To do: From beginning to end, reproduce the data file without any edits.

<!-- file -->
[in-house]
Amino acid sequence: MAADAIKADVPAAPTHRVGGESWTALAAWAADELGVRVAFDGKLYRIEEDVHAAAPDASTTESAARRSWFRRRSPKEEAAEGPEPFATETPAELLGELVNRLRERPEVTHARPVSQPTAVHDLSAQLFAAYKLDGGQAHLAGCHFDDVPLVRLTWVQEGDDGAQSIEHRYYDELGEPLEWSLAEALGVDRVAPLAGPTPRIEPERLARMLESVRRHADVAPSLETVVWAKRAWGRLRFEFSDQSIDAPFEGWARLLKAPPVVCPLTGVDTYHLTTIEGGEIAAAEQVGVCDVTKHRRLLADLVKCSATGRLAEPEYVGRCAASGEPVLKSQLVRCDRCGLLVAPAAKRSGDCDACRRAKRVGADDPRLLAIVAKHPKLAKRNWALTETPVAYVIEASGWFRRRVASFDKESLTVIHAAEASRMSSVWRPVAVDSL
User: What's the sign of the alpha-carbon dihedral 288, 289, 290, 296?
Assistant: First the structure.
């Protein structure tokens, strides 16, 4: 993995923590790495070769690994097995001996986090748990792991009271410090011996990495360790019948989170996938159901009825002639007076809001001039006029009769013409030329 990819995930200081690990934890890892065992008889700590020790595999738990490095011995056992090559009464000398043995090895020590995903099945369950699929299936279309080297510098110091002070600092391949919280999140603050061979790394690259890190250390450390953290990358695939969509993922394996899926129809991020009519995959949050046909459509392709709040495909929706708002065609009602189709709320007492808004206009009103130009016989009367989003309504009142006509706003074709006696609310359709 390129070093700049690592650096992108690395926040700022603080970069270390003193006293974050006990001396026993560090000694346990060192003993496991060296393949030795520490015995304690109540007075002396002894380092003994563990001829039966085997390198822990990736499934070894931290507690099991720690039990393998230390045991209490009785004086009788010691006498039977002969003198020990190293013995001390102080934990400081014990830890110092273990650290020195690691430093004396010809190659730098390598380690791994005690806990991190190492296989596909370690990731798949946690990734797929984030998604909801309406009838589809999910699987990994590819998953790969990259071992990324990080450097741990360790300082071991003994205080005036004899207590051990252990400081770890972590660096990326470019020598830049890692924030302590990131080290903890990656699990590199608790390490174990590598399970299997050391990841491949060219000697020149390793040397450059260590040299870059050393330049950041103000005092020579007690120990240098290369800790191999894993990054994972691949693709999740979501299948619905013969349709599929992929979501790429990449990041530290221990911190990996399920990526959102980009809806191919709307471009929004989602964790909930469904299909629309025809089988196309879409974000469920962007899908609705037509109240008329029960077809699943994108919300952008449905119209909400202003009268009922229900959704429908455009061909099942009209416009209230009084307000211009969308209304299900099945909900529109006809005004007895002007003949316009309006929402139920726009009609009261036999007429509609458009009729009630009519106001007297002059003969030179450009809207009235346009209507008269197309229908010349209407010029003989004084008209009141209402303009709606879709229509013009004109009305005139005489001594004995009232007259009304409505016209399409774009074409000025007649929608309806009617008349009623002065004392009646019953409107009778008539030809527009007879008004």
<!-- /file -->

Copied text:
[in-house]
Amino acid sequence: MAADAIKADVPAAPTHRVGGESWTALAAWAADELGVRVAFDGKLYRIEEDVHAAAPDASTTESAARRSWFRRRSPKEEAAEGPEPFATETPAELLGELVNRLRERPEVTHARPVSQPTAVHDLSAQLFAAYKLDGGQAHLAGCHFDDVPLVRLTWVQEGDDGAQSIEHRYYDELGEPLEWSLAEALGVDRVAPLAGPTPRIEPERLARMLESVRRHADVAPSLETVVWAKRAWGRLRFEFSDQSIDAPFEGWARLLKAPPVVCPLTGVDTYHLTTIEGGEIAAAEQVGVCDVTKHRRLLADLVKCSATGRLAEPEYVGRCAASGEPVLKSQLVRCDRCGLLVAPAAKRSGDCDACRRAKRVGADDPRLLAIVAKHPKLAKRNWALTETPVAYVIEASGWFRRRVASFDKESLTVIHAAEASRMSSVWRPVAVDSL
User: What's the sign of the alpha-carbon dihedral 288, 289, 290, 296?
Assistant: First the structure.
């Protein structure tokens, strides 16, 4: 993995923590790495070769690994097995001996986090748990792991009271410090011996990495360790019948989170996938159901009825002639007076809001001039006029009769013409030329 990819995930200081690990934890890892065992008889700590020790595999738990490095011995056992090559009464000398043995090895020590995903099945369950699929299936279309080297510098110091002070600092391949919280999140603050061979790394690259890190250390450390953290990358695939969509993922394996899926129809991020009519995959949050046909459509392709709040495909929706708002065609009602189709709320007492808004206009009103130009016989009367989003309504009142006509706003074709006696609310359709 390129070093700049690592650096992108690395926040700022603080970069270390003193006293974050006990001396026993560090000694346990060192003993496991060296393949030795520490015995304690109540007075002396002894380092003994563990001829039966085997390198822990990736499934070894931290507690099991720690039990393998230390045991209490009785004086009788010691006498039977002969003198020990190293013995001390102080934990400081014990830890110092273990650290020195690691430093004396010809190659730098390598380690791994005690806990991190190492296989596909370690990731798949946690990734797929984030998604909801309406009838589809999910699987990994590819998953790969990259071992990324990080450097741990360790300082071991003994205080005036004899207590051990252990400081770890972590660096990326470019020598830049890692924030302590990131080290903890990656699990590199608790390490174990590598399970299997050391990841491949060219000697020149390793040397450059260590040299870059050393330049950041103000005092020579007690120990240098290369800790191999894993990054994972691949693709999740979501299948619905013969349709599929992929979501790429990449990041530290221990911190990996399920990526959102980009809806191919709307471009929004989602964790909930469904299909629309025809089988196309879409974000469920962007899908609705037509109240008329029960077809699943994108919300952008449905119209909400202003009268009922229900959704429908455009061909099942009209416009209230009084307000211009969308209304299900099945909900529109006809005004007895002007003949316009309006929402139920726009009609009261036999007429509609458009009729009630009519106001007297002059003969030179450009809207009235346009209507008269197309229908010349209407010029003989004084008209009141209402303009709606879709229509013009004109009305005139005489001594004995009232007259009304409505016209399409774009074409000025007649929608309806009617008349009623002065004392009646019953409107009778008539030809527009007879008004």